# extension they belong to, to avoid clashing with functions from
            # other extensions.
            return {'example_theme_most_popular_groups': most_popular_groups}
  • The names of JavaScript modules introduced by your extension should begin with the name of your extension. For example assets/example_theme_popover.js:

    // Enable JavaScript's strict mode. Strict mode catches some common
    // programming errors and throws exceptions, prevents some unsafe actions from
    // being taken, and disables some confusing and bad JavaScript features.
    "use strict";
    ckan.module('example_theme_popover', function ($) {
      return {
        initialize: function () {
          console.log("I've been initialized for element: ", this.el);
  • The names of API action functions introduced by your extension should begin with the name of your extension. For example my_extension_foobarize_everything.

  • The names of background job queues introduced by your extension should begin with the name of your extension. For example my_extension:super-special-job-queue.

In some situations, a resource may even be shared between multiple CKAN instances, which requires an even higher degree of uniqueness for the corresponding names. In that case, you should also prefix your identifiers with the CKAN site ID, which is available via

    # CKAN 2.7 and later
    from ckan.common import config
except ImportError:
    # CKAN 2.6 and earlier
    from pylons import config

site_id = config[u'ckan.site_id']

Currently this only affects the Redis database:

  • All keys in the Redis database created by your extension should be prefixed with both the CKAN site ID and your extension’s name.

Internationalize user-visible strings

All user-visible strings should be internationalized, see String internationalization.

Add third party libraries to requirements.txt

If your extension requires third party libraries, rather than adding them to, they should be added to requirements.txt, which can be installed with:

pip install -r requirements.txt

To prevent accidental breakage of your extension through backwards-incompatible behaviour of newer versions of your dependencies, their versions should be pinned, such as:


On the flip side, be mindful that this could also create version conflicts with requirements of considerably newer or older extensions.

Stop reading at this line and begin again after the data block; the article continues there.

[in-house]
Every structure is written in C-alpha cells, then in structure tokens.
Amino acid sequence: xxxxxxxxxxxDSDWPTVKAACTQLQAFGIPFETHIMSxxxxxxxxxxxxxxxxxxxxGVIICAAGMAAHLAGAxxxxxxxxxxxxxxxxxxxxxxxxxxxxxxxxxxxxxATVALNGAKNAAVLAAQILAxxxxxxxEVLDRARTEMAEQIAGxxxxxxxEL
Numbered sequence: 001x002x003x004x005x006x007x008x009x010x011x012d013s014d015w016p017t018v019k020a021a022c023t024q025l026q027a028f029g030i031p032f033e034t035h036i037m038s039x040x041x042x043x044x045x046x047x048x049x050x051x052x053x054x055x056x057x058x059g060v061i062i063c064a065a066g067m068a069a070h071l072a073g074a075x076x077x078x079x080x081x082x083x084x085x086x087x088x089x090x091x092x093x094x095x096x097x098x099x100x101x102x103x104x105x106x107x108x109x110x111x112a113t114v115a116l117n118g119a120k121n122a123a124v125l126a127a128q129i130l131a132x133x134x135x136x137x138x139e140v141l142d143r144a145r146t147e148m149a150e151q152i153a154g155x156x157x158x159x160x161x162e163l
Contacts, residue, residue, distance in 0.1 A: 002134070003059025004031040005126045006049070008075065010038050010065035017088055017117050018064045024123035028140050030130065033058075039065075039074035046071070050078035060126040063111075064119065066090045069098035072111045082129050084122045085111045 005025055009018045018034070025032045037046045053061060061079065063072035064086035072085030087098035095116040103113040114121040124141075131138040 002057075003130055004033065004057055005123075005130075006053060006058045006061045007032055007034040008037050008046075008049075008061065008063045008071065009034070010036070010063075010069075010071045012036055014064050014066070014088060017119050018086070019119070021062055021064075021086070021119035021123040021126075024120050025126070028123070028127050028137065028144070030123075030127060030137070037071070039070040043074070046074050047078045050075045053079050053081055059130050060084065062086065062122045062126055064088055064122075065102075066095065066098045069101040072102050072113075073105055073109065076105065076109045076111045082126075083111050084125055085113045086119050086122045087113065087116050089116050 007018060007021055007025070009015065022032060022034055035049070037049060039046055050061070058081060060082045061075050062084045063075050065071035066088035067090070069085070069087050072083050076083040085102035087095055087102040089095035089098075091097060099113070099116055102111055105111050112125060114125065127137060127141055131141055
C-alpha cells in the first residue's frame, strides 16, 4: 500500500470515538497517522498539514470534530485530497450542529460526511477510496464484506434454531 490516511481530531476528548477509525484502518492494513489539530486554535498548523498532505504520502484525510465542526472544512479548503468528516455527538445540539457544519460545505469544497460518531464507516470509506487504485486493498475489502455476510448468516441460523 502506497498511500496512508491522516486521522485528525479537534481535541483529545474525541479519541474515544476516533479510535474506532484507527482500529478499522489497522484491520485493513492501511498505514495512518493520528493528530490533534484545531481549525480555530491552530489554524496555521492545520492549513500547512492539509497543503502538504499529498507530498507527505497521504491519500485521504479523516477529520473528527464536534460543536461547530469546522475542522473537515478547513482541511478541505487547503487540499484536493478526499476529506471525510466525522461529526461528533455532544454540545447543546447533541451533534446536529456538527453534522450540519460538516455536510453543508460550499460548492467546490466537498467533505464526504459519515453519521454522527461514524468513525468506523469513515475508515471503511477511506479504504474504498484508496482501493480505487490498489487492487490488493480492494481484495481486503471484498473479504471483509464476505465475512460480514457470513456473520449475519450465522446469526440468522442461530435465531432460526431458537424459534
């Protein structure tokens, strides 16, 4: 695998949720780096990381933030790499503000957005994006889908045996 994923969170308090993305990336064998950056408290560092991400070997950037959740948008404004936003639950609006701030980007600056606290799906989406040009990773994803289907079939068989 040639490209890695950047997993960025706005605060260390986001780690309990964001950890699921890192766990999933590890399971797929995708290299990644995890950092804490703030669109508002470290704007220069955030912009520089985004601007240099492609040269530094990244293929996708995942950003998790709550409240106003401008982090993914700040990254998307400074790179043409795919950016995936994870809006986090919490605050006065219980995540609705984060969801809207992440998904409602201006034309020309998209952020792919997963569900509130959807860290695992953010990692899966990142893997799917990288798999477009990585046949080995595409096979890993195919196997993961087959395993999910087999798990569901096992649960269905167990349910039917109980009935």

Do not automatically modify the database structure

If your extension uses custom database tables then it needs to modify the database structure, for example to add the tables after its installation or to migrate them after an update. These modifications should not be performed automatically when the extension is loaded, since this can lead to dead-locks and other problems.

Instead, create a ckan command which can be run separately.

Implementing CSRF protection

CKAN 2.10 introduces CSRF protection for all the frontend forms. Extensions are currently excluded from the CSRF protection to give time to update them, but CSRF protection will be enforced in the future.

To add CSRF protection to your extensions add the following helper call to your form templates:

<form class="dataset-form form-horizontal" method="post" enctype="multipart/form-data">
  {{ h.csrf_input() }}

If your extension needs to support older CKAN versions, use the following:

<form class="dataset-form form-horizontal" method="post" enctype="multipart/form-data">
  {{ h.csrf_input() if 'csrf_input' in h }}

Forms that are submitted via JavaScript modules also need to submit the CSRF token, here’s an example of how to append it to an existing form:

// Get the csrf value from the page meta tag
var csrf_value = $('meta[name=_csrf_token]').attr('content')
// Create the hidden input
var hidden_csrf_input = $('<input name="_csrf_token" type="hidden" value="'+csrf_value+'">')
// Insert the hidden input at the beginning of the form

API calls performed from JavaScript modules from the UI (which use cookie-based authentication) should also include the token, in this case in the X-CSRFToken header. CKAN Modules using the builtin client) to perform API calls will have the header added automatically. If you are performing API calls directly from a UI module you will need to add the header yourself.